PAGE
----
Deep Learning-Based Detection of the Acute Respiratory Distress Syndrome: What Are the Models Learning?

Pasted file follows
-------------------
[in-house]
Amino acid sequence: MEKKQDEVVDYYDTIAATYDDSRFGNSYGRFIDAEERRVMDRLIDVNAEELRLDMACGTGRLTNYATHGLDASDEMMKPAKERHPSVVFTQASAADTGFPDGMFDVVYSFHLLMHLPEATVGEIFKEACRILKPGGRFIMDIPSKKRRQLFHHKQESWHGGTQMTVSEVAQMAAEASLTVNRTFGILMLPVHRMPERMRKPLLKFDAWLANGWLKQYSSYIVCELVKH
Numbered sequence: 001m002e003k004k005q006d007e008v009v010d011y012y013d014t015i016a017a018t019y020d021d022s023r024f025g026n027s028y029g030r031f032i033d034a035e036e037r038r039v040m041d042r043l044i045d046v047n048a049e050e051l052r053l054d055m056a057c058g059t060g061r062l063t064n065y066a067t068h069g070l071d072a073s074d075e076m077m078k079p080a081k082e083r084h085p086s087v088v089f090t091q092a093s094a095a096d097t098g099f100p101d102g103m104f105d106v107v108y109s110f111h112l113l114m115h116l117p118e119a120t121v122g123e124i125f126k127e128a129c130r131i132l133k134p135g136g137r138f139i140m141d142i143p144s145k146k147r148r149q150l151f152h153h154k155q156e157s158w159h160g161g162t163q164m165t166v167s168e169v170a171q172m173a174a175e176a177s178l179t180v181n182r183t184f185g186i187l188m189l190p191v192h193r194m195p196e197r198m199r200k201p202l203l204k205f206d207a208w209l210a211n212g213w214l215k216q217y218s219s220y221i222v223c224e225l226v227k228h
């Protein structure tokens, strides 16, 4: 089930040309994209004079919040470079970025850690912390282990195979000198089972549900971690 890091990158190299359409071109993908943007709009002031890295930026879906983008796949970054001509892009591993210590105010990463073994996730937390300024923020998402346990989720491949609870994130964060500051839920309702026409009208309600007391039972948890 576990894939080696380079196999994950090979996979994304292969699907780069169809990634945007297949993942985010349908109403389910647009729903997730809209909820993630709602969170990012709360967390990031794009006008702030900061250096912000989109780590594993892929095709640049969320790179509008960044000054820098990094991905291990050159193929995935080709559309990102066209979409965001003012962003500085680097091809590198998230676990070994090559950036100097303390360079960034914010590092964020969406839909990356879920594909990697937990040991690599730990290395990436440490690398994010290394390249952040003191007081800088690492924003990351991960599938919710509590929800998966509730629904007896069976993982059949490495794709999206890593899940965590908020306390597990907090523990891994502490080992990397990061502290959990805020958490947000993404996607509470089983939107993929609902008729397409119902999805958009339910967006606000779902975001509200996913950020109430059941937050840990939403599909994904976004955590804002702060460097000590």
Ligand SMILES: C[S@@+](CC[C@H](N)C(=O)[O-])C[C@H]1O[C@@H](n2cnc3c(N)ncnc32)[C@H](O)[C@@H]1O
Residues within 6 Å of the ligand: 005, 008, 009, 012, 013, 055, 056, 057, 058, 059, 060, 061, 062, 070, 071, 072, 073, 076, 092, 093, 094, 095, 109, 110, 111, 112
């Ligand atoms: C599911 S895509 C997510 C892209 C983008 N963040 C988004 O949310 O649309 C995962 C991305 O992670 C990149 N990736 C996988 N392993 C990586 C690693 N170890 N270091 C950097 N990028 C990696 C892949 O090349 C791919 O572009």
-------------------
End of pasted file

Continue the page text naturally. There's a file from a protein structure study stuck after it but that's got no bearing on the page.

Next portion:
The acute respiratory distress syndrome (ARDS) is a severe form of hypoxemic respiratory failure with in-hospital mortality of 35-46 thought to be related in part to challenges in making a prompt diagnosis, which may in turn delay implementation of evidence-based therapies. A deep neural network (DNN) algorithm utilizing unbiased ventilator waveform data (VWD) may help to improve screening for ARDS. We first show that a convolutional neural network-based ARDS detection model can outperform prior work with random forest models in AUC (0.95+/-0.019 vs. 0.88+/-0.064), accuracy (0.84+/-0.026 vs 0.80+/-0.078), and specificity (0.81+/-0.06 vs 0.71+/-0.089). Frequency ablation studies imply that our model can learn features from low frequency domains typically used for expert feature engineering, and high-frequency information that may be difficult to manually featurize. Further experiments suggest that subtle, high-frequency components of physiologic signals may explain the superior performance of DL models over traditional ML when using physiologic waveform data. Our observations may enable improved interpretability of DL-based physiologic models and may improve the understanding of how high-frequency information in physiologic data impacts the performance our DL model.READ FULL TEXT